If you listen to just the CD of The Big Wig (ACT), Swiss singer/composer Andreas Schaerer’s six-movement jazz composition for voice and orchestra, you might not catch how remarkably skilled Schaerer is at beatboxing and instrumental mimicry. When he sings, this pioneering vocalist’s wide-ranging, protean melodies seem to emanate from his entire body, and his “human trumpet” vocalizations are easy to mistake for the brass instrument itself. That’s why the DVD gives listeners more information than does the audio recording. The rhythmic drive of the composition seems stronger when punctuated with the visual of Schaerer’s engrossing performance of this unusual piece.

The CD/DVD package documents the world premiere of The Big Wig at the Lucerne Festival in September 2016. The film shows Schaerer backed by more than 65 musicians: Hildegard Lernt Fliegen (Hildegard Learns to Fly), his regular horn-based jazz band of more than a decade, and the Orchestra of the Lucerne Festival Academy. It’s a rare thing for a singer to compose for a symphonic orchestra of any size, but a symphonic composition that includes a jazz sextet with a beatboxing vocalist is unheard of. Schaerer credits the work of avant-garde composer Pierre Boulez as the inspiration for the composition; Boulez co-founded the Lucerne Festival Academy in 2003, when Schaerer was a music student at Bern University of the Arts.

In the liner notes, Schaerer says that he wondered how he’d bring these “two colossuses”—his sextet and the orchestra—together into an inspiring whole. In the video you can see that it’s Schaerer’s virtuosic vocalizations that provide the glue. Take the fourth movement, “Wig Alert,” for instance. While each of the movements offers its share of galloping excitement, “Wig Alert” stands out for its subdued moments (soft marimba in the open and the close) that defy its driving intensity (beseeching horns in crescendo). In this movement Schaerer’s vocal percussion is so furiously changing that at times it sounds like a forest of wild animals has joined him on stage. At this point in the composition one realizes that in fact The Big Wig features three colossuses and not two.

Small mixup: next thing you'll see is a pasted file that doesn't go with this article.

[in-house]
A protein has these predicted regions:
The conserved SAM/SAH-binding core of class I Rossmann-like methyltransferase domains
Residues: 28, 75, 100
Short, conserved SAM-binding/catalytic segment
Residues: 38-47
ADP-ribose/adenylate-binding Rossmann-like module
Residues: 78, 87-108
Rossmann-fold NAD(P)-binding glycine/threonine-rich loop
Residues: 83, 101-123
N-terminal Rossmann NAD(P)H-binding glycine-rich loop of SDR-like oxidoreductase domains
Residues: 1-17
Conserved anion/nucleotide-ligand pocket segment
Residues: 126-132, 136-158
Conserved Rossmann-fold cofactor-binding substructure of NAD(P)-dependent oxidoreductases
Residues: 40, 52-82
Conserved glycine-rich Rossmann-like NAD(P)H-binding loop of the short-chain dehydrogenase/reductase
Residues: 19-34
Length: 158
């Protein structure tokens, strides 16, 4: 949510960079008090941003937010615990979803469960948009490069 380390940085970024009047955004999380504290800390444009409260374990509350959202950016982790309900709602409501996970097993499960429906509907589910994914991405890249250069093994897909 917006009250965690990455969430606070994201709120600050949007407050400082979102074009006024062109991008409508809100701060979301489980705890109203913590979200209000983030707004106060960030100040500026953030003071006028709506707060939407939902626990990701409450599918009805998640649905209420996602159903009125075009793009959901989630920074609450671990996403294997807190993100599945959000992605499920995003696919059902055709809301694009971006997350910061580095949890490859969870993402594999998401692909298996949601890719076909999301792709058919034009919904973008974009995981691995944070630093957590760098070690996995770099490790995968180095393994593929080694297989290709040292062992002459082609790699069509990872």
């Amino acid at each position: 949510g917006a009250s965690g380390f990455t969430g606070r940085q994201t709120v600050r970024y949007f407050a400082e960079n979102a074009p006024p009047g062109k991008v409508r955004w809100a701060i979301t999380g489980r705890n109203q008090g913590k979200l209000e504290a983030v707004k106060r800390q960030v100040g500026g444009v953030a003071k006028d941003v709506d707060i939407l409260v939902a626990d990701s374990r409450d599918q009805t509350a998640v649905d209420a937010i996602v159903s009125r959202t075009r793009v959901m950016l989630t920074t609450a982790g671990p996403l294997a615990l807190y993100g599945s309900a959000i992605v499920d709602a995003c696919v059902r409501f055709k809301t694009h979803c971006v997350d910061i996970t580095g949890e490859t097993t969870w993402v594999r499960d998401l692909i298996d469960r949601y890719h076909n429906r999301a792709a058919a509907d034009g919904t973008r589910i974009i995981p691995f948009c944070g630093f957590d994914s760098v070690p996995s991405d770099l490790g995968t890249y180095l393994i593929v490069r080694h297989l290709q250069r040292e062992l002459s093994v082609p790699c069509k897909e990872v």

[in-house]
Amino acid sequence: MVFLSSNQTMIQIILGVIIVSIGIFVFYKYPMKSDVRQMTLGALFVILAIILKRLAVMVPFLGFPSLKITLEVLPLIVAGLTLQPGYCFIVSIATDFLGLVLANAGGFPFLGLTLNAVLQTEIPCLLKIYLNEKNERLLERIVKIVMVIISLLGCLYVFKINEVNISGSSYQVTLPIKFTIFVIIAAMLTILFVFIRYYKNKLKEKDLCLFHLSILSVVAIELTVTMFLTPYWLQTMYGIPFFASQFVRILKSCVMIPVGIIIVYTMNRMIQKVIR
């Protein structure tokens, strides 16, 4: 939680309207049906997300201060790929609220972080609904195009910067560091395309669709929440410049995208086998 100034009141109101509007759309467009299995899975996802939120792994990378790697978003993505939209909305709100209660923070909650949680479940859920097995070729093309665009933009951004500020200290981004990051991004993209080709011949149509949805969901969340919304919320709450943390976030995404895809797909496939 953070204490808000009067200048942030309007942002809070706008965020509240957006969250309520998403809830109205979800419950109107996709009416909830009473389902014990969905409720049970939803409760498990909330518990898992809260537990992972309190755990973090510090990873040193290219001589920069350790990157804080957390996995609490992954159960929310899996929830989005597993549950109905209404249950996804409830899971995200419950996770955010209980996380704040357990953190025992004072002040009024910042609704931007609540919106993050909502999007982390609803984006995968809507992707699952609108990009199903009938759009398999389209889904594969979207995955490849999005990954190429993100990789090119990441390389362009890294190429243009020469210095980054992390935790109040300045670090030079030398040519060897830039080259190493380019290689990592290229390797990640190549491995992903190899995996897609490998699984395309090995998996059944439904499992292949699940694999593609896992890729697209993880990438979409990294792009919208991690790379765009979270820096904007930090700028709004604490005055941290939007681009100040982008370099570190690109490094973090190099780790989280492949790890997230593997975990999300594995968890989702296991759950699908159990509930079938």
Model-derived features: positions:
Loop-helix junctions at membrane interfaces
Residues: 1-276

Like Schaerer, German-born singer Theo Bleckmann likes to explore the outer reaches of vocally produced sound. His explorations yield different discoveries, however. On Elegy, his latest release for ECM and his first as a leader, Bleckmann feels his way through the grief process, pondering the mystery of death with an almost ritualistic affect. His vocal approach to the compositions recalls early monastic chants: pure, clean colors; droplets of unexpected sound; sinuous melodic lines. In contrast with Schaerer, whose vocals encourage reflection on what is primal in the human, Bleckmann’s vocals encourage reflection on what is transcendent.  

Most of the tracks on Elegy, including the title cut, are wordless originals, usually featuring Bleckmann’s haunting vocalese. When he does sing lyrics, they often belie the sober mood of the music. Stephen Sondheim’s farcical opener “Comedy Tonight” as a mournful ballad. Verses that hint at solitariness while the music intones connection. Or the lyric “it’s silly to be sad” set against a melancholic melody. In this way Bleckmann reminds us that comedy and tragedy are never far removed from each other. To bring this message full circle, Bleckmann closes the CD with “Alate” (“having wings”), a short, hopeful instrumental that rises ebulliently toward the heavens. 

This month some of the most prominent vocalists of our day are turning out to commemorate the 100th anniversary of Ella Fitzgerald's birth. First, Thelonius Monk Competition finalist Charenée Wade will present her soulful interpretations of Ella tunes at the Apollo Music Café on April 7. On April 22, Patti Austin will offer selections from her 2002 Grammy-nominated album, For Ella (Playboy Jazz) in "Ella Then and Now: A Centennial Celebration of the First Lady of Song" at Brooklyn Center for the Performing Arts. Jane Monheit will probably draw from her own Ella album, released last year, The Songbook Sessions: Ella Fitzgerald (Emerald City Records), when she performs at Birdland April 25-29. And finally, Jazz at Lincoln Center kicks off five days of Ella tributes with its annual fundraising gala on April 26, the day after Ella's actual birthday. At the gala, a shimmering list of vocalists will salute the Queen of Song: Harry Connick, Jr. (host), Renée Fleming, Roberta Gambarini, Diana Krall, Alison Krauss, Marilyn Maye, Audra McDonald, Camille Thurman, Kenny Washington, and Cecile McLorin Salvant.

(Reprinted from the April 2017 edition of The New York City Jazz Record.)